An engineering feat completed as Northeastern pedestrian bridge that will unite Boston campus is raised - News @ Northeastern
Skip to content

A new Boston landmark arises

It was as much a grandiose act of aerial ballet as a feat of engineering. In the dark chill of an October night, a towering red crane hoisted a massive burnt-orange span on a thick metal cable. Workers clad in yellow safety vests guided it with long ropes through a slow pirouette. Then, the crane eased it down as gently as 242,000 pounds of steel can be lowered.

Interdisciplinary Science and Engineering Complex Pedestrian Bridge Timelapse
Video

And with that, the largest piece of the Northeastern University Pedestrian Crossing was in place. At 132 feet long, the piece spanned the five MBTA and Amtrak rail lines that divide the Boston campus, forming a physical link between the two sides.

Scenes during the Midnight Masters Class prior to the installation of the pedestrian bridge over the MBTA tracks. Photos by Matthew Modoono/Northeastern University

The dramatic construction of a visually stunning bridge that promises to become a landmark for the university is a key component of Northeastern’s vision to join the Boston neighborhoods of Roxbury and Fenway, and reimagine Columbus Avenue. The placement of the bridge follows the reopening in August of the Carter Playground as a state-of-the-art recreational park, refurbished and maintained by the university, and the development of International Village and the Interdisciplinary Science and Engineering Complex.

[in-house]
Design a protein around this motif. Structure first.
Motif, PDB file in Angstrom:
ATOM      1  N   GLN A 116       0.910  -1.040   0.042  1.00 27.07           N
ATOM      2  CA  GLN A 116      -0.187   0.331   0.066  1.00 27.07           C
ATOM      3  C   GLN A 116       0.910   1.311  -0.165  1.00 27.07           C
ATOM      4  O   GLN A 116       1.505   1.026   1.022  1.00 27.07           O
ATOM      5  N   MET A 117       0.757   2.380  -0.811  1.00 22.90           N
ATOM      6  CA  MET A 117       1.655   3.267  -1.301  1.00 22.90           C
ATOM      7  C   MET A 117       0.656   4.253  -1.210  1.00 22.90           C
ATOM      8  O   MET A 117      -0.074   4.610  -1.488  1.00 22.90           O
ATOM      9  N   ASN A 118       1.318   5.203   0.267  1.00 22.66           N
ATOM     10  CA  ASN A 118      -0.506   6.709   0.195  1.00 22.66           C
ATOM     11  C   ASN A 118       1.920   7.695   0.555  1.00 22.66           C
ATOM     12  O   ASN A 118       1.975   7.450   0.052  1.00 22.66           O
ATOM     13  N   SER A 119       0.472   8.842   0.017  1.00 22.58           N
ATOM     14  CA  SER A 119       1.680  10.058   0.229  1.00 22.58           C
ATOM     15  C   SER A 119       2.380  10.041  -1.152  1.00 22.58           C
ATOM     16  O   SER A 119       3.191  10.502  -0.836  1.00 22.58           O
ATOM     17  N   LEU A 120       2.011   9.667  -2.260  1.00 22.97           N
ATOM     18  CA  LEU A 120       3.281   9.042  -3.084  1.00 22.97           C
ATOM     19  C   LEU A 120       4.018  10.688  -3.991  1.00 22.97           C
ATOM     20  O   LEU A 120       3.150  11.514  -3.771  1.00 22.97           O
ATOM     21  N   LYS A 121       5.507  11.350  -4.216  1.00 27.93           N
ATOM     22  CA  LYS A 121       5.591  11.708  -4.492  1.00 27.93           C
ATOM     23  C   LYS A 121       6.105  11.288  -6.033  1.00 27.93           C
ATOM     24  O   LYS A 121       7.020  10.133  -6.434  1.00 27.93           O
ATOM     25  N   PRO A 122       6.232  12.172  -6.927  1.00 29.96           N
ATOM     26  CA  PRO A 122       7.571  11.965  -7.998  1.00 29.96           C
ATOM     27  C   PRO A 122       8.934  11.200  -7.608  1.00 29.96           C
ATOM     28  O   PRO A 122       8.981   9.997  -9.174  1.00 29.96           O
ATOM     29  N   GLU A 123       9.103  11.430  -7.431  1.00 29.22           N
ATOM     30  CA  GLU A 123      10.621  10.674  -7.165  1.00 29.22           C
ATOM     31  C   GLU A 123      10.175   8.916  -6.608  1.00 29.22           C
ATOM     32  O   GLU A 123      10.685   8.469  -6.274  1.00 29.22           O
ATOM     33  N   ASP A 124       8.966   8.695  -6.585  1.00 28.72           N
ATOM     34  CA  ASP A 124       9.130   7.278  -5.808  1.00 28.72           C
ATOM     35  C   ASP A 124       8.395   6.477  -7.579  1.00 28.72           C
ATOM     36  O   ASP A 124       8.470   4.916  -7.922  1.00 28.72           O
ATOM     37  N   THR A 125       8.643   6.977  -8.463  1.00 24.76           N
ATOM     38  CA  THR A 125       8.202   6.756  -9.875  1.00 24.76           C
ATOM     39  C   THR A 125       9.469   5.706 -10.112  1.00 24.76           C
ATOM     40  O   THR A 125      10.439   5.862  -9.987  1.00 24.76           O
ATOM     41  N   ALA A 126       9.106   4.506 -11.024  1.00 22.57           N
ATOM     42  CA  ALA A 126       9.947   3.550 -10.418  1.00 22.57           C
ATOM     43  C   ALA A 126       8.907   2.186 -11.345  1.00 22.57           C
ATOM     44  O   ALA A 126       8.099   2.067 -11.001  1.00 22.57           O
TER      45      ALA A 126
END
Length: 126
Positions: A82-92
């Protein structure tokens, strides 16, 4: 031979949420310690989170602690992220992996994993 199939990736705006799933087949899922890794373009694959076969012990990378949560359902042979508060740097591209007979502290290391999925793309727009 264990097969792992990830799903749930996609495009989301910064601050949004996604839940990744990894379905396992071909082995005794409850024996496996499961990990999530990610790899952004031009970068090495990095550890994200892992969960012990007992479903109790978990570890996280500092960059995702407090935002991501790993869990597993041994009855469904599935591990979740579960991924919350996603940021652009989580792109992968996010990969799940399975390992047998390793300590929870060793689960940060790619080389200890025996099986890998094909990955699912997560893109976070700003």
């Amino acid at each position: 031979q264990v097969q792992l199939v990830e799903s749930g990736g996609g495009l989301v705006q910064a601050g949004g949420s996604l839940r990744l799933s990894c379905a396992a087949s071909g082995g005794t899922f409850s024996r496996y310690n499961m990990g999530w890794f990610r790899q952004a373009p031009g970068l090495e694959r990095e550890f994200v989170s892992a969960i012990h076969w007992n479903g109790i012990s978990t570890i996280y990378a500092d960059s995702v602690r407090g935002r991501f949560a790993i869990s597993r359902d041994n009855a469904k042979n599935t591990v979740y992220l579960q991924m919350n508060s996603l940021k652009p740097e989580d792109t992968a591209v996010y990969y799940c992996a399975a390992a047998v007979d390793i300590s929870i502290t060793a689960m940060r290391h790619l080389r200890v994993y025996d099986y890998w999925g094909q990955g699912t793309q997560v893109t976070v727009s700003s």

Photos by Matthew Modoono/Northeastern University

“We are unique, in that we have a railroad that runs through our campus,” said Kathy Spiegelman, Northeastern’s vice president and chief of campus planning and development. “And for a long time, that railroad was a barrier.”

But recent efforts, including Northeastern President Joseph E. Aoun moving his office to the southern side of the tracks, have “begun to make it clear that Columbus Avenue was another front door for the campus,” she said.

Spiegelman was speaking to a crowd that had gathered in the auditorium of Northeastern’s Interdisciplinary Science and Engineering complex for a midnight master class, where representatives from each of the firms involved, Payette, Arup, and Skanska, laid out what it took to make this bridge a reality.

People watch as a crane lowers the pedestrian bridge over the MBTA tracks. Photo by Matthew Modoono/Northeastern University

 

Fueled by midnight pizza, cookies, and copious quaffs of coffee, the audience included students, as well as professors representing the schools of engineering, architecture, and business, and professional architects, engineers, and designers.

“In class they learn about a lot of construction,” said Hao Sun, an assistant professor of civil and environmental engineering whose students attended the class. “But it’s really a great opportunity for them to see construction at night on campus. And this is a really unique bridge.”

Photos by Adam Glanzman/Northeastern University